If you notice in the video here, not all the teachers understood it and we had the same thing! ๐Ÿ™‚

    Ninja Trick 1: Video your explanation. You’ll very often find that what you thought was super clear in your head was actually a real jumble when you actually spoke it out loud (this happens to me all the time! ๐Ÿ™‚ ) – so naturally the kids are confused!

    Ninja Trick 2: Start with some simpler games, ones the kids get the hang of them, then move to the more complex ones. It doesn’t really matter which game you use for which lesson as long as the English you need to practice is there. In fact some teachers do the whole curriculum with just one or two games!

    Ninja Trick 3: If you have a good relationship with the kids keep telling them “Nope, that wasn’t right!” until they figure out what they are doing wrong!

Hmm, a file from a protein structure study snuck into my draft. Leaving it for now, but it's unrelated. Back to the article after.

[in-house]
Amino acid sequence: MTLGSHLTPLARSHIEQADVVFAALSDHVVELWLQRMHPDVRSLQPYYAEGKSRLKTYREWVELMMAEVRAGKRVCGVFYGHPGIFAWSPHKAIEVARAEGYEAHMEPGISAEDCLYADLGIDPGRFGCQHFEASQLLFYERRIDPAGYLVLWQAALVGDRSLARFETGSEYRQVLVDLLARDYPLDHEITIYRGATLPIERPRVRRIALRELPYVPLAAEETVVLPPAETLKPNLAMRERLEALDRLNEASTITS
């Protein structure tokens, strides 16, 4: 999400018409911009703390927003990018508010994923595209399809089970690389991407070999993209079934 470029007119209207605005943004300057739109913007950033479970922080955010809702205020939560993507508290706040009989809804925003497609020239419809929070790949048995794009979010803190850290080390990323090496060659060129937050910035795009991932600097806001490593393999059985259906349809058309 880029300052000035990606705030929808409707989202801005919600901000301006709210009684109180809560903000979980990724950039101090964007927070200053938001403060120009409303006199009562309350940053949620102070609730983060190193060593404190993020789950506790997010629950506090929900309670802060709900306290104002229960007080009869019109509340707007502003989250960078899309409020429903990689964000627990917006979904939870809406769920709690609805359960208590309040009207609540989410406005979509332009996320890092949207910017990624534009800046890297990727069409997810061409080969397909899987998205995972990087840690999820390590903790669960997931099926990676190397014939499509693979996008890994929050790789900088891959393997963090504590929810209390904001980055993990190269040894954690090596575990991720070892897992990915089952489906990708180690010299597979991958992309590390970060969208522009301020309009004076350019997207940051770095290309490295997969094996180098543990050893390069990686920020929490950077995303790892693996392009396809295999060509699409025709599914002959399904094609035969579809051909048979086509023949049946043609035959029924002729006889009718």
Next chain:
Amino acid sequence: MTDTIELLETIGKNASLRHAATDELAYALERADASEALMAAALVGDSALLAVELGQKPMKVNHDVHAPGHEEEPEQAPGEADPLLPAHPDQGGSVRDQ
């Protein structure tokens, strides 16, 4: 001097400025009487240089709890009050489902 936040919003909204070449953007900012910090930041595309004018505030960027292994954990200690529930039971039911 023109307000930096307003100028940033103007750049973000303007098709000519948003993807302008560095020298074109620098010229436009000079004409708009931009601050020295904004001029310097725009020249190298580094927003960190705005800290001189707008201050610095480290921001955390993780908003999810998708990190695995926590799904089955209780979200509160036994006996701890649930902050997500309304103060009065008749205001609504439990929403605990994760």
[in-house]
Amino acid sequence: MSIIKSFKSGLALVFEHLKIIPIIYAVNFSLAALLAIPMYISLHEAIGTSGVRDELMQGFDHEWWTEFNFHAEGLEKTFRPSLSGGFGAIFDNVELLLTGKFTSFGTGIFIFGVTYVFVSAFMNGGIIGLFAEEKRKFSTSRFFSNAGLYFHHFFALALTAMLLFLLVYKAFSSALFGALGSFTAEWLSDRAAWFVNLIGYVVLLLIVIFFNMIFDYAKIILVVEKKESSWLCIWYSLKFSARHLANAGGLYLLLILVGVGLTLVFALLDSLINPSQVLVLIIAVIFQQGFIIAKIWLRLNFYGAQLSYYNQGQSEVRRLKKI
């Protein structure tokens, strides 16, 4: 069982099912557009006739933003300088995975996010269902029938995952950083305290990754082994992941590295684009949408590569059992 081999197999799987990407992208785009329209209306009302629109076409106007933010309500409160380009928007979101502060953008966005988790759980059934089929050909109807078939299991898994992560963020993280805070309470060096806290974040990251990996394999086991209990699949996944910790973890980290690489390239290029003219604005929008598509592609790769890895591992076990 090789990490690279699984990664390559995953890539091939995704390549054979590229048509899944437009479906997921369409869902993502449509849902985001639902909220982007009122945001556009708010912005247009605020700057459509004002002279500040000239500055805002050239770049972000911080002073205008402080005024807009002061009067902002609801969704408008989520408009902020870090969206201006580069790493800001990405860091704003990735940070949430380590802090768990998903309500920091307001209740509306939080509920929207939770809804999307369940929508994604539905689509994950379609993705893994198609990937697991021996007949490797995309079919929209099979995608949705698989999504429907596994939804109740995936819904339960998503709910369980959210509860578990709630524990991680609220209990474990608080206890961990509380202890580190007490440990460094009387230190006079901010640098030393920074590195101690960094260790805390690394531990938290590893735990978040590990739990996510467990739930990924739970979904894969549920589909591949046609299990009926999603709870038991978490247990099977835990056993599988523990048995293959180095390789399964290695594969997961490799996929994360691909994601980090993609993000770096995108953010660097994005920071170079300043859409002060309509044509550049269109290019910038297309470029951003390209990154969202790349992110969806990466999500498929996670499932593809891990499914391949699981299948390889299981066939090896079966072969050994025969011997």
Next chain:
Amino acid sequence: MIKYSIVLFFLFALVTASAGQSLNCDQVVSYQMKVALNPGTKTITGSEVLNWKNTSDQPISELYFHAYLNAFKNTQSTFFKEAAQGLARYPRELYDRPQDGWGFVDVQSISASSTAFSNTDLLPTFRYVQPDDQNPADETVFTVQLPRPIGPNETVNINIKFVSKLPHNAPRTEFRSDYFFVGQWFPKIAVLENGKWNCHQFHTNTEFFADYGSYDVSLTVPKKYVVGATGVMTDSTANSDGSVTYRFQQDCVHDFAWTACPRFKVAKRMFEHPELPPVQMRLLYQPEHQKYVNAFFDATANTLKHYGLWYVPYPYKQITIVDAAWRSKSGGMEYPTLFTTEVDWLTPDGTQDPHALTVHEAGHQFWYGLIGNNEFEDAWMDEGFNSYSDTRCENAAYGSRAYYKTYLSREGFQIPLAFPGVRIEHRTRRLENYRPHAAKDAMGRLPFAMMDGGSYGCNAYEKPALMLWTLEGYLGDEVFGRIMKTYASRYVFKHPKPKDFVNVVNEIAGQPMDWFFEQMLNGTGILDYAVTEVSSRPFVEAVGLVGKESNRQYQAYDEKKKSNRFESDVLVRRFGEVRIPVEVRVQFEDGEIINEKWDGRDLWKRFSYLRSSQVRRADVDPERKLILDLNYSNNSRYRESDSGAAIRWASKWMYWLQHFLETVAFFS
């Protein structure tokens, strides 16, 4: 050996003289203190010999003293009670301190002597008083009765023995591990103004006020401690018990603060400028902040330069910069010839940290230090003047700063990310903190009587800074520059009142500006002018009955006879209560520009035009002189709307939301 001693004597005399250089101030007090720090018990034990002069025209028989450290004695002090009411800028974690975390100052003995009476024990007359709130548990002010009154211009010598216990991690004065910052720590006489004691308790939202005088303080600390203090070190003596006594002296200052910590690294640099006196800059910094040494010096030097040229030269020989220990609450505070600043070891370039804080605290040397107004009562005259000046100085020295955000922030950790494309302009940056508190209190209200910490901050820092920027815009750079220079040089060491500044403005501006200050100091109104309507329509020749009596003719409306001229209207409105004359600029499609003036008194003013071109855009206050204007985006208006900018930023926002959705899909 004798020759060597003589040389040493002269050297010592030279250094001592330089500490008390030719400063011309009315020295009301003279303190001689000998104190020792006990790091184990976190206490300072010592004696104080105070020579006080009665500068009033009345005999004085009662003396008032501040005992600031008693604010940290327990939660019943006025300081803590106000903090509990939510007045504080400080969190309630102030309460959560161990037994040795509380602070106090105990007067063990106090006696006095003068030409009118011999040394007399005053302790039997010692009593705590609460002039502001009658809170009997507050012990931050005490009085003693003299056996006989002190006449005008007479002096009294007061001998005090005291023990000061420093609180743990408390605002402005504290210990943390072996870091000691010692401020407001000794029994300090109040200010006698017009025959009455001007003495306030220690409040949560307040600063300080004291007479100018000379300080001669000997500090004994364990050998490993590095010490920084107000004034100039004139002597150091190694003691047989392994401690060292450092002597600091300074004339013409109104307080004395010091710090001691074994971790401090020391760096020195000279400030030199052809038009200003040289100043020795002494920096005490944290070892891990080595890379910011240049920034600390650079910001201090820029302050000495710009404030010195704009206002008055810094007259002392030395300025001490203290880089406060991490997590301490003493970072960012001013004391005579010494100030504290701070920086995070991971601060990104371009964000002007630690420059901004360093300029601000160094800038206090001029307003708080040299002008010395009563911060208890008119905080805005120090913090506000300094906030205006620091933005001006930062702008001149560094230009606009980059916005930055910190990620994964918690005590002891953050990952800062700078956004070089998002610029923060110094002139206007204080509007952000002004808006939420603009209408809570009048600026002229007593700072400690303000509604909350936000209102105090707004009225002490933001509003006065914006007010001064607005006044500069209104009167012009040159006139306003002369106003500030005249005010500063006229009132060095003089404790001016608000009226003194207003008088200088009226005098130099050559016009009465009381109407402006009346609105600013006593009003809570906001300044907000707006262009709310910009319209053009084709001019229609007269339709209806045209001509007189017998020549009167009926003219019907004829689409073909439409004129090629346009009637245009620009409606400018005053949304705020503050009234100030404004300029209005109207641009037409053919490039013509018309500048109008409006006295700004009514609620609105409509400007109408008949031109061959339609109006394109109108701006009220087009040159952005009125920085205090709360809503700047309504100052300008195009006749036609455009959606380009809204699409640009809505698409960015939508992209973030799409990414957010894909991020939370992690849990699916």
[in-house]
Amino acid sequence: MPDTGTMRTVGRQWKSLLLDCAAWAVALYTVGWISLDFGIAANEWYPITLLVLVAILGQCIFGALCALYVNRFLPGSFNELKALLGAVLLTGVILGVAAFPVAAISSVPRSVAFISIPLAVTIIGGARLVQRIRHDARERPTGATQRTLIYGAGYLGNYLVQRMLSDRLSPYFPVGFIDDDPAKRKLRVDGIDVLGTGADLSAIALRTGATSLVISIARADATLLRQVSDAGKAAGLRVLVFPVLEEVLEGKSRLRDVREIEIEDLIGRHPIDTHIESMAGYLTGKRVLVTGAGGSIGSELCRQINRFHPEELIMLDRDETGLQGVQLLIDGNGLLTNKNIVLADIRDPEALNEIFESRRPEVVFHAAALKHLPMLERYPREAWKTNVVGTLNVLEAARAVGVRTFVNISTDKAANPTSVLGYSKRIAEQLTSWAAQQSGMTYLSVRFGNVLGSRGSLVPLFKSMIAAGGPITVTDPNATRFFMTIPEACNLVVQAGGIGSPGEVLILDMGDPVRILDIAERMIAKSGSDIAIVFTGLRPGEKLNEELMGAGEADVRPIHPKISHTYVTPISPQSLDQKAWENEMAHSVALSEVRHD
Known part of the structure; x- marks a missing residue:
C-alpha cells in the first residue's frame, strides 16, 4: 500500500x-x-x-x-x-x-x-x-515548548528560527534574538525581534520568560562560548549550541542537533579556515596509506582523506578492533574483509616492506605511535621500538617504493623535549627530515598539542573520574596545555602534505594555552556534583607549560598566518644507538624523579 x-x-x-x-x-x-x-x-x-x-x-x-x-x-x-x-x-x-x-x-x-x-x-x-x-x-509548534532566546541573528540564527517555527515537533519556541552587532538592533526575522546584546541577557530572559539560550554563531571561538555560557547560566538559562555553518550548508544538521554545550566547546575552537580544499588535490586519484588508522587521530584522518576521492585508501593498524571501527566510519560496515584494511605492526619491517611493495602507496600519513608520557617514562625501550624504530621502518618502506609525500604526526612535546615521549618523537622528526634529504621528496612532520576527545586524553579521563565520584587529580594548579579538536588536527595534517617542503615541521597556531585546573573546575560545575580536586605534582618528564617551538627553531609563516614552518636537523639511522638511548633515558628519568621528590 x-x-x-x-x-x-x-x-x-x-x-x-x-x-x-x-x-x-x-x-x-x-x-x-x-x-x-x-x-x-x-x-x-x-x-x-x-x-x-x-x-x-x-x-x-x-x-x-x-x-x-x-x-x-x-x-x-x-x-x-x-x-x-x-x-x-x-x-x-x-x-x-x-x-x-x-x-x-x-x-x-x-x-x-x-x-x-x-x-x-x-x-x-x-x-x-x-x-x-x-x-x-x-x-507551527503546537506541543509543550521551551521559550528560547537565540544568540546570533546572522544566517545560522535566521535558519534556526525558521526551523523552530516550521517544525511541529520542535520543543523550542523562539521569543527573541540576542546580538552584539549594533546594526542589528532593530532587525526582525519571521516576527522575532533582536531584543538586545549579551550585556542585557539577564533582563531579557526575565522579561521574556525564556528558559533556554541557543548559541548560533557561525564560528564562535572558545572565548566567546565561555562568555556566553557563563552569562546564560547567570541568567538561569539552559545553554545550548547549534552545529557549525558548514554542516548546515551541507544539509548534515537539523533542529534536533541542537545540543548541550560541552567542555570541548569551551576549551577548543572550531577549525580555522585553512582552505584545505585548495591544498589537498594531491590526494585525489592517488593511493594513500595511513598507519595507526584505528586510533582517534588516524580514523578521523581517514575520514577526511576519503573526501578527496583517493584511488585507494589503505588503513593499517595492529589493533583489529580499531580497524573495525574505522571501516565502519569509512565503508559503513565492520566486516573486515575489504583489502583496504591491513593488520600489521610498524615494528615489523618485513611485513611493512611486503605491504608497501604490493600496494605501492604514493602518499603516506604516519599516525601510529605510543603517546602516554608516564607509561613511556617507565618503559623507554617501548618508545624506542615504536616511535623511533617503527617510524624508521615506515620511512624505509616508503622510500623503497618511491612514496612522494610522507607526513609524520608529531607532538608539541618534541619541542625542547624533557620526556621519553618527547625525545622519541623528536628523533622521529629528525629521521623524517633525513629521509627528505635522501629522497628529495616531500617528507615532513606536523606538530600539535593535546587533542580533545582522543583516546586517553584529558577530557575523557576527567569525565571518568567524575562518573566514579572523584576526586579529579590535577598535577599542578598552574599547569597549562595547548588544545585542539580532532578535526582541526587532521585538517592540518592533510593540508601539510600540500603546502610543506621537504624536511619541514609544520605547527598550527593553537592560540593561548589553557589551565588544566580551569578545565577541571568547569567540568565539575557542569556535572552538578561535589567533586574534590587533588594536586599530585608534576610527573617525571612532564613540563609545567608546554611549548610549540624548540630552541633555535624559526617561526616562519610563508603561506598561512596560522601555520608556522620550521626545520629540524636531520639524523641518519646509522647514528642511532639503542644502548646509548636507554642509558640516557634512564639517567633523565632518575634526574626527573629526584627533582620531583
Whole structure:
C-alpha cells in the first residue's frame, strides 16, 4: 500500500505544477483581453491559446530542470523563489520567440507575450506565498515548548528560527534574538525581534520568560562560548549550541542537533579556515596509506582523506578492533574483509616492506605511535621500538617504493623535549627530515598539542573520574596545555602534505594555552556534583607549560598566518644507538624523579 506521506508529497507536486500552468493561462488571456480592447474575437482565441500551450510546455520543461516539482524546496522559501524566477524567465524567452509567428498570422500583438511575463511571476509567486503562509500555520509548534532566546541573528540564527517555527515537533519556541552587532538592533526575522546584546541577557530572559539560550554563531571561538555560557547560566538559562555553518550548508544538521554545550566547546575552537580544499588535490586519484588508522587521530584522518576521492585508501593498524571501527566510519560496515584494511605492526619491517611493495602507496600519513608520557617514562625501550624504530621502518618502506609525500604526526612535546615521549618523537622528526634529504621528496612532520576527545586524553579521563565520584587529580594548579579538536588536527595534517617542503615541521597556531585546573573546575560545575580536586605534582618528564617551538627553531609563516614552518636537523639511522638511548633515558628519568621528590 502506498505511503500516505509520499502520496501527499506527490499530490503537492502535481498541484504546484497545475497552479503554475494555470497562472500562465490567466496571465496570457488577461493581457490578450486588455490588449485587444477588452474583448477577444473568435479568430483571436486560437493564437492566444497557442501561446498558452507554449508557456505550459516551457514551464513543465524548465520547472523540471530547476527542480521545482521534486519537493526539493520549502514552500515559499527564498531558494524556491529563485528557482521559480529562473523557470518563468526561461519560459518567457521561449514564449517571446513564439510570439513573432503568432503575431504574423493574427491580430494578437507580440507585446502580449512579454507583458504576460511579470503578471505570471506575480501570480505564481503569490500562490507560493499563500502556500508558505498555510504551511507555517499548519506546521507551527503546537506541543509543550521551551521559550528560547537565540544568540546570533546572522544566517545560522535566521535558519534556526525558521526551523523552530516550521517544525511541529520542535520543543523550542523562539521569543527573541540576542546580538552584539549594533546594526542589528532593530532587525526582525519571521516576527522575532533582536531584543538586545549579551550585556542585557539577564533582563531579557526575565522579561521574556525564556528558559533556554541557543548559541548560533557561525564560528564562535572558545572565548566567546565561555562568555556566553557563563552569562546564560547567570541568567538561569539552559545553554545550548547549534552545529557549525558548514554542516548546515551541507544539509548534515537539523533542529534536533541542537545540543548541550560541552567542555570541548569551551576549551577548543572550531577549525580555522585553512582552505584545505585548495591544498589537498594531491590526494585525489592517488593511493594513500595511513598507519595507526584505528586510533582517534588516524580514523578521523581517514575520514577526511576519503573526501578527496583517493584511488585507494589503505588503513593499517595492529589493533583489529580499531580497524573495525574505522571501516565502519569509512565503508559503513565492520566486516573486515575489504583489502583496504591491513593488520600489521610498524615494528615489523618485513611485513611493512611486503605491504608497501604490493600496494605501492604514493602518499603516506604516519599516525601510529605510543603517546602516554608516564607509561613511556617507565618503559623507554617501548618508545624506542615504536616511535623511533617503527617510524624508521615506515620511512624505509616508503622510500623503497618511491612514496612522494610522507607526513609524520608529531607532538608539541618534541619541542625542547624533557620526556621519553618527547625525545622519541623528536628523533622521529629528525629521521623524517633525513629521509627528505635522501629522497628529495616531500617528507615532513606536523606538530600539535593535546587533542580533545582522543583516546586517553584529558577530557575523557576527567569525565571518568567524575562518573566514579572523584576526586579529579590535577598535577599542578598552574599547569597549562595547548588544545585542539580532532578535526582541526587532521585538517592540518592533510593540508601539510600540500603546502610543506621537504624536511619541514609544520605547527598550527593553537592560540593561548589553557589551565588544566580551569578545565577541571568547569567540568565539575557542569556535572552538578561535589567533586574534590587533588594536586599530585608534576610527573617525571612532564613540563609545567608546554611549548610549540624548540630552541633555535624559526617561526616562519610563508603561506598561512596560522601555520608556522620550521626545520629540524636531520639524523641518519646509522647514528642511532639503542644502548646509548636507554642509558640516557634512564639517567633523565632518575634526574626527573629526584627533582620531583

Obviously, the point of practice and the games is to use the English and to identify where kids need work, but I keep finding that they establish their personal ways of saying a sentence and then it is impossible to change for some reason. Even a repeat after me or the song, they donโ€™t actually repeat. โ€œI want a burger.โ€ turns into โ€œI like burger.โ€ one second after I say it.

    Yes indeed, and this is why they need a strong teacher to correct them. It’s just like people who go to the gym and lift weights with bad form, they think they’re doing it right, but from outside we can see that they aren’t! So do keep correcting them and foster an atmosphere where they are wanting you to correct them.


    And, HOW do you get a kid who is hell-bent on refusing to participate in ANYTHING. I had a show class yesterday and this one girl refused to participate in any songs or games, much to the embarassment of my TA, her father, and me.